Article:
A History of the Monks of Syria, by Theodoret of Cyrrhus (Collegeville, Minnesota, 1985), translated with an introduction and notes by R. M. Price, in 258 bookmarked and searchable pdf pages. Maps and additional resources appear as attachments to the document. Scanned by Robert Bedrosian. Wikipedia has an entry on Theodoret, who lived in the 4th-5th centuries.
From the book jacket: "The Syrian monks of the fourth and fifth centuries led lives at the opposite extreme from the culture of Graeco-Roman cities. Unwashed, unkempt, often homeless, usually poorly educated, making a positive virtue out of physical deprivation, they shocked and appalled cultivated pagans. Even Christian townsmen had to overcome Hellenic prejudices before they could see in these uncouth figures the spiritual paragons of the age. Yet the Christian laity of the day, led by their clergy, admired and revered them, and flocked to them to behold living examples of true perfection.
In his Religious History [the present work], Theodoret, bishop of Cyrrhus, recorded the extraordinary lives of these men (and women) of God, and the—to us quite unfamiliar—spirituality which they spectacularly embodied."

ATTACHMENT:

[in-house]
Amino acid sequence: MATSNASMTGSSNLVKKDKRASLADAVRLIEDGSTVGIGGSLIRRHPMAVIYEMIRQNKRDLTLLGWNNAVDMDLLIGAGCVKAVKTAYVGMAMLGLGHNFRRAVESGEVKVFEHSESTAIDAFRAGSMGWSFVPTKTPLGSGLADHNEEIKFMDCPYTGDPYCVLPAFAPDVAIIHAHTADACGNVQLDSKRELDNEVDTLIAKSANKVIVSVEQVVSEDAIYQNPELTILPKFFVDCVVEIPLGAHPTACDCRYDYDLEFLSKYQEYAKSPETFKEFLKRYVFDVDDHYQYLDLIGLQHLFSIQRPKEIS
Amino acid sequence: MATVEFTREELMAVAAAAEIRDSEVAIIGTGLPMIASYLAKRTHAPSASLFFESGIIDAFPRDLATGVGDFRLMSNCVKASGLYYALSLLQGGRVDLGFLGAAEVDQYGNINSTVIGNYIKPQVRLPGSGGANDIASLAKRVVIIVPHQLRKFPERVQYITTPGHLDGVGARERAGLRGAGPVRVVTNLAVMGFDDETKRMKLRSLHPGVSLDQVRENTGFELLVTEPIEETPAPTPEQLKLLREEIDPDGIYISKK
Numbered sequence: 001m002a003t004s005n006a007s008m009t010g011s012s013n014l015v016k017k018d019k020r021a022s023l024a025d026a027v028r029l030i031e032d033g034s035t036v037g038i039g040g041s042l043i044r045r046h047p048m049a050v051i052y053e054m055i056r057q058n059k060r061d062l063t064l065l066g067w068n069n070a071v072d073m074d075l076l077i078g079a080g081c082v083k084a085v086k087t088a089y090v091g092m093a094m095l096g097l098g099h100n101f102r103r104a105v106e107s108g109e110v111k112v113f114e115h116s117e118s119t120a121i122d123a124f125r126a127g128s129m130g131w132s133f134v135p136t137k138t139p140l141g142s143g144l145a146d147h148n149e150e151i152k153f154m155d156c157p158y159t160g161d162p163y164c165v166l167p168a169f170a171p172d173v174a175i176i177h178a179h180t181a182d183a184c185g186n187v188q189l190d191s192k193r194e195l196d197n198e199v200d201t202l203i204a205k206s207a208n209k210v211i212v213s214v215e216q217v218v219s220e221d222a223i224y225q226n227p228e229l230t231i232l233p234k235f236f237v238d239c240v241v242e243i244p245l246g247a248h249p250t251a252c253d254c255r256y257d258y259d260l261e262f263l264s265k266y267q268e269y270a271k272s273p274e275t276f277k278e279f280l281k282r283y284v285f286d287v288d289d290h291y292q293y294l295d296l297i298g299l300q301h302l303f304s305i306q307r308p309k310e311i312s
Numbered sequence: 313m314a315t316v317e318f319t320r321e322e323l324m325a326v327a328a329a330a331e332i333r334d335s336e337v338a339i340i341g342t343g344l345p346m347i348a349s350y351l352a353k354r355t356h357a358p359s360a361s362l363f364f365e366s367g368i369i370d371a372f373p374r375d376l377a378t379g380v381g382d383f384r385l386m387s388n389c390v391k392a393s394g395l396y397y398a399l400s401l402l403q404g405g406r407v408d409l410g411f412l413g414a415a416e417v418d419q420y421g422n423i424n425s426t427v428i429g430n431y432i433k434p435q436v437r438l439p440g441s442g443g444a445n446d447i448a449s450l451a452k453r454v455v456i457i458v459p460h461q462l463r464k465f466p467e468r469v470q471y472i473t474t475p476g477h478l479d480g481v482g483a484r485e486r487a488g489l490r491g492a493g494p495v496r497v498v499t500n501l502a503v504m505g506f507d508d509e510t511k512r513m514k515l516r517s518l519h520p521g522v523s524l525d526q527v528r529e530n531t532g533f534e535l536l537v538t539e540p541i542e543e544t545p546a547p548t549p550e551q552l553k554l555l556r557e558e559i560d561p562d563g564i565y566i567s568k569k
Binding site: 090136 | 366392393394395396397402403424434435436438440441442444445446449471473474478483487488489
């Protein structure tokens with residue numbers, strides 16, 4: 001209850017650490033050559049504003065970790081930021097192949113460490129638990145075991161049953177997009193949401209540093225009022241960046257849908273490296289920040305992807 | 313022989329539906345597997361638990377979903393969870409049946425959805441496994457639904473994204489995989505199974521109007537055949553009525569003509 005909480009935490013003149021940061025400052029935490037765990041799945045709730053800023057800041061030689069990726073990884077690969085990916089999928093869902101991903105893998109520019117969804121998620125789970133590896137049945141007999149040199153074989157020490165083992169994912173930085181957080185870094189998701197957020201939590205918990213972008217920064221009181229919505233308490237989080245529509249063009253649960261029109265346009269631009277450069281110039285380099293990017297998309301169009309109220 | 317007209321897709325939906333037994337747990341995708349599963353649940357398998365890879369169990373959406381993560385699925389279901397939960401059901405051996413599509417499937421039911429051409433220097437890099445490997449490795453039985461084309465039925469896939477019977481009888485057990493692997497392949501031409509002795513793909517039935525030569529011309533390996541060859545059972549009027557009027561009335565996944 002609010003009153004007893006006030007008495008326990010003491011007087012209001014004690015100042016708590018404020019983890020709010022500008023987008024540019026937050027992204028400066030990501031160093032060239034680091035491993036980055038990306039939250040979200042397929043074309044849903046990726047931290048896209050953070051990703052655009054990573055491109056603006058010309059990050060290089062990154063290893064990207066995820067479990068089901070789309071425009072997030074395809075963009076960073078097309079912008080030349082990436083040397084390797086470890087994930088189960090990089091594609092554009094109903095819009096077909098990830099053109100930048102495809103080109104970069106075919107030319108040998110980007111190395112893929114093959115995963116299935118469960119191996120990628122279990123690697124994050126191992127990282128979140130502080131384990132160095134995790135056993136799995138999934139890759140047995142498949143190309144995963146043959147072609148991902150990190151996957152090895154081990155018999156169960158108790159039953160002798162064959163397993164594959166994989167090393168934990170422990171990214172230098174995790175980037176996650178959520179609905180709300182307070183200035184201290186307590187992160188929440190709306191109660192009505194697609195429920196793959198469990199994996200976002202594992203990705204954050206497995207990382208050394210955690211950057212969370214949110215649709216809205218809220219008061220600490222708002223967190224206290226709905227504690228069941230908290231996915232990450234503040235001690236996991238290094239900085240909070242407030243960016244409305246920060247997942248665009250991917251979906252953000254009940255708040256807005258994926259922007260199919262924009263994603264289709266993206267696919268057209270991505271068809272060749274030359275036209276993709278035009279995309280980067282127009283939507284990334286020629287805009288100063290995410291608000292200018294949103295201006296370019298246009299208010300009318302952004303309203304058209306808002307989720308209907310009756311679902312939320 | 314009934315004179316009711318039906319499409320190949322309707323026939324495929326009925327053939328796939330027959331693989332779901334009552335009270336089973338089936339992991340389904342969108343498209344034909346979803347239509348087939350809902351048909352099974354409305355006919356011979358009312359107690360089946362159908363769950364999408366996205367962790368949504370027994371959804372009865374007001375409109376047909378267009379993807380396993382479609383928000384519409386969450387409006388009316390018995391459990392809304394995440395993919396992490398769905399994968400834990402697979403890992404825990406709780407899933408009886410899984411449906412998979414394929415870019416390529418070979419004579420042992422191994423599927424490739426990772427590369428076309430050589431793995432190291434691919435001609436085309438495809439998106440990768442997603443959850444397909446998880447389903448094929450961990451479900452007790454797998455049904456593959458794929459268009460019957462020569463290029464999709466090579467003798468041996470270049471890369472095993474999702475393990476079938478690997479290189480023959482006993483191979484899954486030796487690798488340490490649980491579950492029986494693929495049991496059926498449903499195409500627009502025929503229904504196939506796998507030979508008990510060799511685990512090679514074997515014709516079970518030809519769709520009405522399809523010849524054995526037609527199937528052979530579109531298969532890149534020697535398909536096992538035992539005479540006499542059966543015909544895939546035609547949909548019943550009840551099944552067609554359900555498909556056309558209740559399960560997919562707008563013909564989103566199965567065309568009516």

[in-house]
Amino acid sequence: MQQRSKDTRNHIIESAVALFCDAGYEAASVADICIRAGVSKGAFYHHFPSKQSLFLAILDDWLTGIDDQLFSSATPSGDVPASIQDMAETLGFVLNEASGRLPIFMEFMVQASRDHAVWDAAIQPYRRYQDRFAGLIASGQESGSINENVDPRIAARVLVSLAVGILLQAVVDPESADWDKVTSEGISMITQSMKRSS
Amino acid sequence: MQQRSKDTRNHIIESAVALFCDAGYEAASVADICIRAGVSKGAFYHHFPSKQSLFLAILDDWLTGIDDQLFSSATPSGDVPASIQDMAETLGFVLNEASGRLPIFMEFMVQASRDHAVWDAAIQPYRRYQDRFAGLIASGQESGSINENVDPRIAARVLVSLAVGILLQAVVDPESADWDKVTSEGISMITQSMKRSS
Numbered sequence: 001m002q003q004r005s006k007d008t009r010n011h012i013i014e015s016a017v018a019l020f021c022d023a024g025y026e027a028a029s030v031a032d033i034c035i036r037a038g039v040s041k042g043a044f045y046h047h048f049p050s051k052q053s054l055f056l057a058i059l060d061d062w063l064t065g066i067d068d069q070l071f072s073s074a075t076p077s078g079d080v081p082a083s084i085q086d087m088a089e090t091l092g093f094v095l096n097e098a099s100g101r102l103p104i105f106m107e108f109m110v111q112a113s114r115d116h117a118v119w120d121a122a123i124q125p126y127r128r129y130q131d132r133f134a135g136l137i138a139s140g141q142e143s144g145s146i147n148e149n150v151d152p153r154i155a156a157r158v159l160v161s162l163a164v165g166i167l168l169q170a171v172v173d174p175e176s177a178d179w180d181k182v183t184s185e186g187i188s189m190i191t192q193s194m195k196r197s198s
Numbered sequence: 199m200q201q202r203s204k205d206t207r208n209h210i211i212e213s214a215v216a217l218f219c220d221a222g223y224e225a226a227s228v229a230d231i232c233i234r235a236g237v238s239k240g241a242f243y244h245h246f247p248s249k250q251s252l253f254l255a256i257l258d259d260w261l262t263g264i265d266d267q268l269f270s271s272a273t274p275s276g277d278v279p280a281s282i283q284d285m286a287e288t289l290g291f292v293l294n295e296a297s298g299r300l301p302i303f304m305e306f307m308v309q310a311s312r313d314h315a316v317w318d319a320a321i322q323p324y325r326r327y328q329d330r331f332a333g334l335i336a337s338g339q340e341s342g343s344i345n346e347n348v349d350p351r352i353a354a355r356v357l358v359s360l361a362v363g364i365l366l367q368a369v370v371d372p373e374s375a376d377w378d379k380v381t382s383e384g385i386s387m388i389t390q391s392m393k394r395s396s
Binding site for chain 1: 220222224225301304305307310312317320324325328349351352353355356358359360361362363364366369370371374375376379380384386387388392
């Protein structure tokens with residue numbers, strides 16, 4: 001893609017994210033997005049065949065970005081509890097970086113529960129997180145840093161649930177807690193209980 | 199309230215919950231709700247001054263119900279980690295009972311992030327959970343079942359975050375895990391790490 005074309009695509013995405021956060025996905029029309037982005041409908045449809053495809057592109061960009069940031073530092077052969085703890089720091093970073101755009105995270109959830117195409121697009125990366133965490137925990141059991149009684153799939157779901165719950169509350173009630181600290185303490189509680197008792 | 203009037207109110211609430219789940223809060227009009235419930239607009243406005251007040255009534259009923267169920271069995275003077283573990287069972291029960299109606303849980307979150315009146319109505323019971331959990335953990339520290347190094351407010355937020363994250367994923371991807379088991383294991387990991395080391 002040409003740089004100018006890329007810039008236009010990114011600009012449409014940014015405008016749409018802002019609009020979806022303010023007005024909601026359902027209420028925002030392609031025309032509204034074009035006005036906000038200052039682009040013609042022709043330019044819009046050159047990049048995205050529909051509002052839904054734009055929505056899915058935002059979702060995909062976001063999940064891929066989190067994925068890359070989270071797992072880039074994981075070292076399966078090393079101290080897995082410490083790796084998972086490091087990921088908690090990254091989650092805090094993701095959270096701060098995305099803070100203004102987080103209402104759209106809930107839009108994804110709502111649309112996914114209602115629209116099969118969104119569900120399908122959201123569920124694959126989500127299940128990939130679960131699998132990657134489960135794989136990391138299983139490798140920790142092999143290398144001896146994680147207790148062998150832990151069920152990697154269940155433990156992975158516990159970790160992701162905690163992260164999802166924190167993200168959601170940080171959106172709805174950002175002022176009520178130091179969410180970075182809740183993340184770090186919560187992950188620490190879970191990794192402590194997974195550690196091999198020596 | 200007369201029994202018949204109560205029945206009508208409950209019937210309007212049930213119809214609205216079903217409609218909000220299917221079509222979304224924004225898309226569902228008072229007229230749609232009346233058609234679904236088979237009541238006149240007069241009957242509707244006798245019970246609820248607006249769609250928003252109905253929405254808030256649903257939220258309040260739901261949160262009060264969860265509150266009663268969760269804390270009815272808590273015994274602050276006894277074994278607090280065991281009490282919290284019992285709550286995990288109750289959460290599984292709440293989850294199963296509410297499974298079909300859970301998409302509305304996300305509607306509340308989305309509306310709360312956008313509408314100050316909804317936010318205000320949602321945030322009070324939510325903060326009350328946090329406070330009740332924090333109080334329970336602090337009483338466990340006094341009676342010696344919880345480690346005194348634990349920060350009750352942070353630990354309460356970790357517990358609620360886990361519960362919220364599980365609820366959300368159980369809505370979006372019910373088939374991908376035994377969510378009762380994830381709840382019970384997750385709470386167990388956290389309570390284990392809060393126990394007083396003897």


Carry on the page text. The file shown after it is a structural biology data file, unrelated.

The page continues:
1. James (of Nisibis) 2. Julian (Saba) 3. Marcianus 4. Eusebius (of Teleda) 5. Publius
6. Symeon the Elder 7. Palladius 8. Aphrahat 9. Peter (the Galatian) 10. Theodosius
11. Romanus 12. Zeno 13. Macedonius 14. Maësymas 15. Acepsimas
16. Maron 17. Abraham 18. Eusebius (of Asikha) 19. Salamanes 20. Maris
21. James (of Cyrrhestica) 22.-23. Thalassius, Limnaeus, John 24.-25. Zebinas, Polychronius, Asclepius 26. Symeon (Stylites) 27. Baradatus 28. Thalelaeus 29. Marana and Cyra 30. Domnina Epilogue: On Divine Love